Bisulfite Protocol

Adapted from a protocol by Mike Huang, Daniel Zilberman, modified by Simon Chan 6/15/04



1)  Digest 250ng – 2 μ g of genomic DNA with enzymes that cut just outside of the region of interest, total volume of 100 μ l, about 20 units of each enzyme, 2 hours – overnight.

•  DNeasy works well for maize endosperm, CTAB extraction works well for maize and soybean leaf.


2) Add 100 μ L phenol:chloroform (pH 8.0) to the solution in step 1, mix, spin for 5 minutes at 12,000 rpm, then transfer 90 μ l of aqueous phase to each fresh tube. Add 1-2 μ l (20 μ g/ μ l) tRNA or glycogen and 9 μ l 4M NaOAC and 350 μ l EtOH, mix well. Spin 10 minutes at 12,000 rpm, 70% EtOH wash very carefully and remove all liquid. Repeat this wash again. Dry pellet completely.


3) Resuspend in 20 μ l water. <Pause point, can store digested DNA at -20 ° C>


4) Prepare fresh bisulfite. Dissolve 8.1g of sodium bisulfite (Fisher S654-500) in 16mL of water with slow stirring to avoid aeration. Adjust pH to 5.1 with 10M NaOH (takes about 0.4mL, 8g/ 20mls,freshly prepared ). Add 0.66mL of 20mM hydroquinone (0.11g/ 50mls water; Sigma H-9003). Adjust volume to 20mL with water.

•  It takes at least 10 minutes for the sodium bisulfite to dissolve, start preparing sodium bisulfite solution while pellet in step 2 is drying


5) Heat digested DNA at 97 ° C 1 minutes in PCR machine. Quench in ice water for 1 minute. Spin down for 2-3 seconds.


6) Add 1 μ l of 6.3M NaOH ( freshly prepared NaOH from above ). Incubate 39 ° C for 30 minutes.


•  Add 208 μ l of the bisulfite solution to each denatured DNA. Do this in the PCR machine, so that the denatured DNA is still at 39 ° C. Incubate in PCR machine at 55 ° C for 16 hours, with a jolt to 95 ° C for 5 min every three hours. Store at 4 ° C until ready to proceed the next day.


8) Desalt samples with QIAGEN PCR purification columns. Elute in 100µL EB.


9) Add 6.3M NaOH (from day 1) to a final concentration of 0.3M (5µL), mix well, incubate at 37 ° C for 15 min.


10) Add 33µL 10M NH 4 OAC pH 7.0 to a final concentration of 3M, add 1-2 μ l of (20 μ g/ μ l) tRNA or glycogen, and 342µL (=3 volumes) 100% EtOH . Spin 15 min for 13,000 rpm, 70% wash and dry pellet. Resuspend in 100 μ l of QIAGEN EB or TE/H20. Use 2 μ l for each PCR reaction.


Note: The most critical aspect of the protocol is complete denaturation of the genomic DNA so that the bisulphite conversion is complete. This means that the enzyme digestion should be complete, and the denatuation steps done carefully. Make sure there is no salt in the DNA for the 97 ° C denaturation step.


PCR based on Brain Research Protocols 2000 5:167-171 with changes.




Use Takara ExTaq.


2 µl bisulfite treated DNA

4 µl dNTPs (2.5mM each)

5 µl 10X ExTaq buffer

1 µl reverse primer

38 µl H20


1) 95 ° C 5min

add 1µl ExTaq (5U)


2) 95 ° C 20secs

3) 60 ° C 3min

4) 72 ° C 3min

5) run 5 cycles

Add 1µl forward primer


6) 95 ° C 20secs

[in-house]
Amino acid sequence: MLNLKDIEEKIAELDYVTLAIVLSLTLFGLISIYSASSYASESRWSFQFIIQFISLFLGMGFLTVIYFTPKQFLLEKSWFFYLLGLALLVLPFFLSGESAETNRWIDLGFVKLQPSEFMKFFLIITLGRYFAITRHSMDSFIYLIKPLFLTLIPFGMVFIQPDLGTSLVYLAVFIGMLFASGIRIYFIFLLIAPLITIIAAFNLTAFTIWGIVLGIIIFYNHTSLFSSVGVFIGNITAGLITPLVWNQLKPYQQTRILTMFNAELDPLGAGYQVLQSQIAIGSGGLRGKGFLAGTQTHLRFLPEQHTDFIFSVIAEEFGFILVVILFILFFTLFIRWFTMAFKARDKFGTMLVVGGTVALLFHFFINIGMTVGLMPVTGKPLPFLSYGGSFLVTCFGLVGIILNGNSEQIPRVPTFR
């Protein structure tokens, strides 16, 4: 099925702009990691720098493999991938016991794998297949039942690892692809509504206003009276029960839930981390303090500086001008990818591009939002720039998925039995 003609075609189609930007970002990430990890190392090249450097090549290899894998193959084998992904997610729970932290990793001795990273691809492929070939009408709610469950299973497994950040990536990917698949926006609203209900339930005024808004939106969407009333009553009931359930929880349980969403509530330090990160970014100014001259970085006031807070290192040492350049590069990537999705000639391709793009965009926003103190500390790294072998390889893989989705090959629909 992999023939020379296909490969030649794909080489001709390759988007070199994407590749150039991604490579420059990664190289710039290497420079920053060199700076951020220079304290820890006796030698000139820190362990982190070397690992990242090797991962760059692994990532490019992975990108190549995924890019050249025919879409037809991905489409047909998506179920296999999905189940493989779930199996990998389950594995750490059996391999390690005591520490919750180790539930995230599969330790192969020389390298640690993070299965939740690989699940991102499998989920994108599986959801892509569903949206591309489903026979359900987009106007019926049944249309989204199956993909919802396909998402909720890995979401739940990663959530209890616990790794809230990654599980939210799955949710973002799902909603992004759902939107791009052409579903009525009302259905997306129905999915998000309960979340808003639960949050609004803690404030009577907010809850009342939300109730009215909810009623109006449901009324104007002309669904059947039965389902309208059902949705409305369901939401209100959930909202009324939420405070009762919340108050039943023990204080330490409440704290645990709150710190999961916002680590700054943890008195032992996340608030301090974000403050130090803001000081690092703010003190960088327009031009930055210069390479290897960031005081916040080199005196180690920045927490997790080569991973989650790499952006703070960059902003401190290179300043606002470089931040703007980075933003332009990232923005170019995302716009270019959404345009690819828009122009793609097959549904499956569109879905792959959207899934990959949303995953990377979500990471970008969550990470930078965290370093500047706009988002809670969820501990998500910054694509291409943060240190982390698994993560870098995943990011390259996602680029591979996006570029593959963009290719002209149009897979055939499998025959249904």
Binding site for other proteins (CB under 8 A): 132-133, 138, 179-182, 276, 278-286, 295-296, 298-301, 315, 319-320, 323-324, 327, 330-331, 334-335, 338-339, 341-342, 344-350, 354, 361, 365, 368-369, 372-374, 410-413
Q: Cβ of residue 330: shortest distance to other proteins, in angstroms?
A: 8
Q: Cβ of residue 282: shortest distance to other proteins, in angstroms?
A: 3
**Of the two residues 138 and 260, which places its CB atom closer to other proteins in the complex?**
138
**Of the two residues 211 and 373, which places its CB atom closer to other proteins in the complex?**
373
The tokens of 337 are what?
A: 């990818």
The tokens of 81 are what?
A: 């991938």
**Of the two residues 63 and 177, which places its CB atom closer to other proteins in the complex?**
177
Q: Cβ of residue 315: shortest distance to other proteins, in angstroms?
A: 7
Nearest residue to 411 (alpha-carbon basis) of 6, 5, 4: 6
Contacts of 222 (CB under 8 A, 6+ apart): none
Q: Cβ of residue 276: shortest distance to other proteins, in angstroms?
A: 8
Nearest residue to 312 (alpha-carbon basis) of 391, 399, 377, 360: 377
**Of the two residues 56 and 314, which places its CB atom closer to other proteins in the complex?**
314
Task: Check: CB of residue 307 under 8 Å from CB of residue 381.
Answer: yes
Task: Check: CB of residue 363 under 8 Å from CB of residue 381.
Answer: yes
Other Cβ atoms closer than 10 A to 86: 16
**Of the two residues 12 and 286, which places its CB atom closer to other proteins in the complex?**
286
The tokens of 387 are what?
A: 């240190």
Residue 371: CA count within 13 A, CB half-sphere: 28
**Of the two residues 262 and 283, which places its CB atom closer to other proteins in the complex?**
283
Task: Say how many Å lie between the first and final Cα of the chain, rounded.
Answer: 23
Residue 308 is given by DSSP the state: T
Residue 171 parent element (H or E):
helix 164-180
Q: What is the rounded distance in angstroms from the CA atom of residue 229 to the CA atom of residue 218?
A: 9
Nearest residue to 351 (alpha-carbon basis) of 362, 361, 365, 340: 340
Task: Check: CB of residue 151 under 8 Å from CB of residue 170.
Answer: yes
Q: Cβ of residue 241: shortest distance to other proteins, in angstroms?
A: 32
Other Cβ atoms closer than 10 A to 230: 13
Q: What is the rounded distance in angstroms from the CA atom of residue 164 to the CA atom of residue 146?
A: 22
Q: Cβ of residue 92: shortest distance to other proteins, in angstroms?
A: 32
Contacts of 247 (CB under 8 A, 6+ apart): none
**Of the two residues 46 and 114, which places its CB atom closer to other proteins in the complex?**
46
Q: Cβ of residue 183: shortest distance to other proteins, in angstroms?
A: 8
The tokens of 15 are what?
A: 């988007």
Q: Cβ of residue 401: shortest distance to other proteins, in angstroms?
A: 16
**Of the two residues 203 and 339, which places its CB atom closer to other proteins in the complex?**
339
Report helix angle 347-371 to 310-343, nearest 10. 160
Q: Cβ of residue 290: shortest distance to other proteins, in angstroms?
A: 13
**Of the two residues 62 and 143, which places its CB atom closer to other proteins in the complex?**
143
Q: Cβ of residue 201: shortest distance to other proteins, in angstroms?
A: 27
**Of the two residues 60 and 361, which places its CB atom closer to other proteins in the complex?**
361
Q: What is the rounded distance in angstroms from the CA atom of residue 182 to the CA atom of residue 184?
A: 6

7) 60 ° C 1.5 min

8) 72 ° C 2min

9) run 10 cycles


10) 95 ° C 20secs

11) 50 ° C 1.5 min

12) 72 ° C 2 min

13) run 30 cycles


14) 72 ° C 5min

15) 4 ° C forever


Do not run PCR for more cycles than indicated, as this leads to sibling clone problems.


Gel purify PCR product and clone with Invitrogen TOPO TA kit (or your cloning kit for sequencing of choice). Sequence – aim for about 20 for each biological sample to get reasonable values for methylation.


Bisulfite primer design 

I start out by differentially highlighting the C’s in my region of interest (for example, make allCNN, make allCG and all C NG). This makes it easier to visually pick out regions that might be good for primer design. Design primers according to the rules below. Try to keep product to <500bp (smaller PCR products generally amplify better than large ones). Remember, after bisulfate conversion, the two strands of DNA will no longer be complementary (converted Cs, now Ts, will no longer be able to base pair with the G on the other strand). You have to treat each strand on its own for PCR primer design.


• Forward (top strand) primer

1) Criteria for good primer:

– Find G-rich region.

– Minimal number of CGs or CNGs to reduce degeneracy in the primer.

– Look for two asymmetrics Cs very close to the 3′ end (at least 2 in the last five nucleotides) and make one of these the last nucleotide in your primer; this will select for converted DNAs. Ideally, your primer will have two asymmetric Cs right at the end.

– If possible, avoid polyT and A runs near the 3′ end i.e. include some G. This will prevent amplification of simple sequences (and primer dimer with similar sequences in bottom strand primer).


2) Convert Cs to Ts. Convert Cs in CG or CNG context to Ys (i.e. C or T). Try to avoid having more than 3 degeneracies per primer. Fewer is better.


3) Adjust the length so the Tm is above 65 degrees. If it’s impossible to meet the rules about CGs, asymmetrics at the end, and some Gs near the end, look for another region for your primer.


Reverse (for the top strand) primer (use first in bisulfite PCR reaction)


4) Criteria for good primer:

– Same criteria as above, pick a suitable region and reverse complement it to make your reverse primer

– If you must include a degeneracy in your primer, the base complimentary to the C in the CG or CNG context becomes an “R” in your revere complemented primer. See example below